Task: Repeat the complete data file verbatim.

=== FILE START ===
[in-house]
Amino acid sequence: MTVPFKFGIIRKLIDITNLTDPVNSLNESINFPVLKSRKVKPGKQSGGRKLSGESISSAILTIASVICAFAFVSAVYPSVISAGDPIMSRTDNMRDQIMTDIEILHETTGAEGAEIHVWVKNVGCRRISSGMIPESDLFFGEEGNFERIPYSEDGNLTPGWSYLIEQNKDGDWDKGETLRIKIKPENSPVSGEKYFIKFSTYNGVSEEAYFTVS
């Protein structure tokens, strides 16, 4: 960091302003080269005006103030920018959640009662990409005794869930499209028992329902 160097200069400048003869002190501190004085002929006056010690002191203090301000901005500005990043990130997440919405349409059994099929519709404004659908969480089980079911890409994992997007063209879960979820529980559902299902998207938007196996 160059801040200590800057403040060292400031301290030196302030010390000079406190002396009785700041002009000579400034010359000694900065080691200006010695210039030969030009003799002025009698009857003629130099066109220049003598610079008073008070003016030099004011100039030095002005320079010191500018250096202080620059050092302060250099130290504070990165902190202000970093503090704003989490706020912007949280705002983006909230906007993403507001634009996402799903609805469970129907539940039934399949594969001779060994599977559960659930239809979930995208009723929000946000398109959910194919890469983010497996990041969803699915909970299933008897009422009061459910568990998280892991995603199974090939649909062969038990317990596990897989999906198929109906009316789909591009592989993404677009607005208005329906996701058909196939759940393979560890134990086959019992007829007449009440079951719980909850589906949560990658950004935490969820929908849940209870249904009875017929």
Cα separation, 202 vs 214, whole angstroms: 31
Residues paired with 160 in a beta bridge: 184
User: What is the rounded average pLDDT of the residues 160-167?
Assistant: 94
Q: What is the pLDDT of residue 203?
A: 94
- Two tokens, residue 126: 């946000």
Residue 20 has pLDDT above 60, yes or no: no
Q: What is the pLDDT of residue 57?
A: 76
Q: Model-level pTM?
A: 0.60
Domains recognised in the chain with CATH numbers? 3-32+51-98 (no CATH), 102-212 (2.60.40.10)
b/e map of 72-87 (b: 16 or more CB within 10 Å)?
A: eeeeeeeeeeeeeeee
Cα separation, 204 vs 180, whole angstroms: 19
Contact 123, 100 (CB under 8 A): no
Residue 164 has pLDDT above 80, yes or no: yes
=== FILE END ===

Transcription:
[in-house]
Amino acid sequence: MTVPFKFGIIRKLIDITNLTDPVNSLNESINFPVLKSRKVKPGKQSGGRKLSGESISSAILTIASVICAFAFVSAVYPSVISAGDPIMSRTDNMRDQIMTDIEILHETTGAEGAEIHVWVKNVGCRRISSGMIPESDLFFGEEGNFERIPYSEDGNLTPGWSYLIEQNKDGDWDKGETLRIKIKPENSPVSGEKYFIKFSTYNGVSEEAYFTVS
């Protein structure tokens, strides 16, 4: 960091302003080269005006103030920018959640009662990409005794869930499209028992329902 160097200069400048003869002190501190004085002929006056010690002191203090301000901005500005990043990130997440919405349409059994099929519709404004659908969480089980079911890409994992997007063209879960979820529980559902299902998207938007196996 160059801040200590800057403040060292400031301290030196302030010390000079406190002396009785700041002009000579400034010359000694900065080691200006010695210039030969030009003799002025009698009857003629130099066109220049003598610079008073008070003016030099004011100039030095002005320079010191500018250096202080620059050092302060250099130290504070990165902190202000970093503090704003989490706020912007949280705002983006909230906007993403507001634009996402799903609805469970129907539940039934399949594969001779060994599977559960659930239809979930995208009723929000946000398109959910194919890469983010497996990041969803699915909970299933008897009422009061459910568990998280892991995603199974090939649909062969038990317990596990897989999906198929109906009316789909591009592989993404677009607005208005329906996701058909196939759940393979560890134990086959019992007829007449009440079951719980909850589906949560990658950004935490969820929908849940209870249904009875017929």
Cα separation, 202 vs 214, whole angstroms: 31
Residues paired with 160 in a beta bridge: 184
User: What is the rounded average pLDDT of the residues 160-167?
Assistant: 94
Q: What is the pLDDT of residue 203?
A: 94
- Two tokens, residue 126: 């946000």
Residue 20 has pLDDT above 60, yes or no: no
Q: What is the pLDDT of residue 57?
A: 76
Q: Model-level pTM?
A: 0.60
Domains recognised in the chain with CATH numbers? 3-32+51-98 (no CATH), 102-212 (2.60.40.10)
b/e map of 72-87 (b: 16 or more CB within 10 Å)?
A: eeeeeeeeeeeeeeee
Cα separation, 204 vs 180, whole angstroms: 19
Contact 123, 100 (CB under 8 A): no
Residue 164 has pLDDT above 80, yes or no: yes